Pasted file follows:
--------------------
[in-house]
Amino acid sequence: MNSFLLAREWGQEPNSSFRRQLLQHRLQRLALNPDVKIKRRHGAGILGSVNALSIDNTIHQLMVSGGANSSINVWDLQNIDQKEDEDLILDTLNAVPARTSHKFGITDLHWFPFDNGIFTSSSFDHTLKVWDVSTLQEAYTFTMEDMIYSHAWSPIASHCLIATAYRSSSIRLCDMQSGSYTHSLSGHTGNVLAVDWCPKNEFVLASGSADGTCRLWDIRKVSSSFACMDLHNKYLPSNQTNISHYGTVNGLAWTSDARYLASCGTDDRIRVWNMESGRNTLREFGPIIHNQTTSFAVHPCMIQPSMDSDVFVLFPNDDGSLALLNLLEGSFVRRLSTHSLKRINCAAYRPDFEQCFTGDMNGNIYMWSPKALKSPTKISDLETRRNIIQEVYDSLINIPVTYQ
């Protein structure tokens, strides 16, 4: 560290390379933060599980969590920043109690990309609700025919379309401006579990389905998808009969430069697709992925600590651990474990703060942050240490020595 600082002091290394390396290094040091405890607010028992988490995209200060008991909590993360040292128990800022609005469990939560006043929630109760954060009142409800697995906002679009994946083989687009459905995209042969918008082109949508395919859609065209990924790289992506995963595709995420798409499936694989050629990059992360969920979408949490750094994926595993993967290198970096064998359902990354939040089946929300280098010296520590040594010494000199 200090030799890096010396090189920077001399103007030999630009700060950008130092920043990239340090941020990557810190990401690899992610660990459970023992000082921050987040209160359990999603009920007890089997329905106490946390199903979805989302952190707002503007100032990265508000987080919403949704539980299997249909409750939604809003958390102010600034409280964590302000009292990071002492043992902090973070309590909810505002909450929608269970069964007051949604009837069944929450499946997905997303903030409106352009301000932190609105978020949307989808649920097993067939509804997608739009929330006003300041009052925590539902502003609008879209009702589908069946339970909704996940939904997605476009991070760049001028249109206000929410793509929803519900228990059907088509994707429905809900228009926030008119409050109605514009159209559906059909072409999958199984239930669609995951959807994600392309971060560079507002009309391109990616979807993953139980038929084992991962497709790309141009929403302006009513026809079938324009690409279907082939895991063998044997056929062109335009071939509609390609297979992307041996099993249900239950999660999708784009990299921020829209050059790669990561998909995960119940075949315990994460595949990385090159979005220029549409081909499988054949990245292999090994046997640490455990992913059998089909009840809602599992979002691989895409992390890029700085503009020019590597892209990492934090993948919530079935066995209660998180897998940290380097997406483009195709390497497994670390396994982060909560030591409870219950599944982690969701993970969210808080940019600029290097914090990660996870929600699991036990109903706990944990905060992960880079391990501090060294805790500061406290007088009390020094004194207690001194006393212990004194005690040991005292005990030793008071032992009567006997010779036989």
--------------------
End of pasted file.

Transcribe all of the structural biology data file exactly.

[in-house]
Amino acid sequence: MNSFLLAREWGQEPNSSFRRQLLQHRLQRLALNPDVKIKRRHGAGILGSVNALSIDNTIHQLMVSGGANSSINVWDLQNIDQKEDEDLILDTLNAVPARTSHKFGITDLHWFPFDNGIFTSSSFDHTLKVWDVSTLQEAYTFTMEDMIYSHAWSPIASHCLIATAYRSSSIRLCDMQSGSYTHSLSGHTGNVLAVDWCPKNEFVLASGSADGTCRLWDIRKVSSSFACMDLHNKYLPSNQTNISHYGTVNGLAWTSDARYLASCGTDDRIRVWNMESGRNTLREFGPIIHNQTTSFAVHPCMIQPSMDSDVFVLFPNDDGSLALLNLLEGSFVRRLSTHSLKRINCAAYRPDFEQCFTGDMNGNIYMWSPKALKSPTKISDLETRRNIIQEVYDSLINIPVTYQ
């Protein structure tokens, strides 16, 4: 560290390379933060599980969590920043109690990309609700025919379309401006579990389905998808009969430069697709992925600590651990474990703060942050240490020595 600082002091290394390396290094040091405890607010028992988490995209200060008991909590993360040292128990800022609005469990939560006043929630109760954060009142409800697995906002679009994946083989687009459905995209042969918008082109949508395919859609065209990924790289992506995963595709995420798409499936694989050629990059992360969920979408949490750094994926595993993967290198970096064998359902990354939040089946929300280098010296520590040594010494000199 200090030799890096010396090189920077001399103007030999630009700060950008130092920043990239340090941020990557810190990401690899992610660990459970023992000082921050987040209160359990999603009920007890089997329905106490946390199903979805989302952190707002503007100032990265508000987080919403949704539980299997249909409750939604809003958390102010600034409280964590302000009292990071002492043992902090973070309590909810505002909450929608269970069964007051949604009837069944929450499946997905997303903030409106352009301000932190609105978020949307989808649920097993067939509804997608739009929330006003300041009052925590539902502003609008879209009702589908069946339970909704996940939904997605476009991070760049001028249109206000929410793509929803519900228990059907088509994707429905809900228009926030008119409050109605514009159209559906059909072409999958199984239930669609995951959807994600392309971060560079507002009309391109990616979807993953139980038929084992991962497709790309141009929403302006009513026809079938324009690409279907082939895991063998044997056929062109335009071939509609390609297979992307041996099993249900239950999660999708784009990299921020829209050059790669990561998909995960119940075949315990994460595949990385090159979005220029549409081909499988054949990245292999090994046997640490455990992913059998089909009840809602599992979002691989895409992390890029700085503009020019590597892209990492934090993948919530079935066995209660998180897998940290380097997406483009195709390497497994670390396994982060909560030591409870219950599944982690969701993970969210808080940019600029290097914090990660996870929600699991036990109903706990944990905060992960880079391990501090060294805790500061406290007088009390020094004194207690001194006393212990004194005690040991005292005990030793008071032992009567006997010779036989």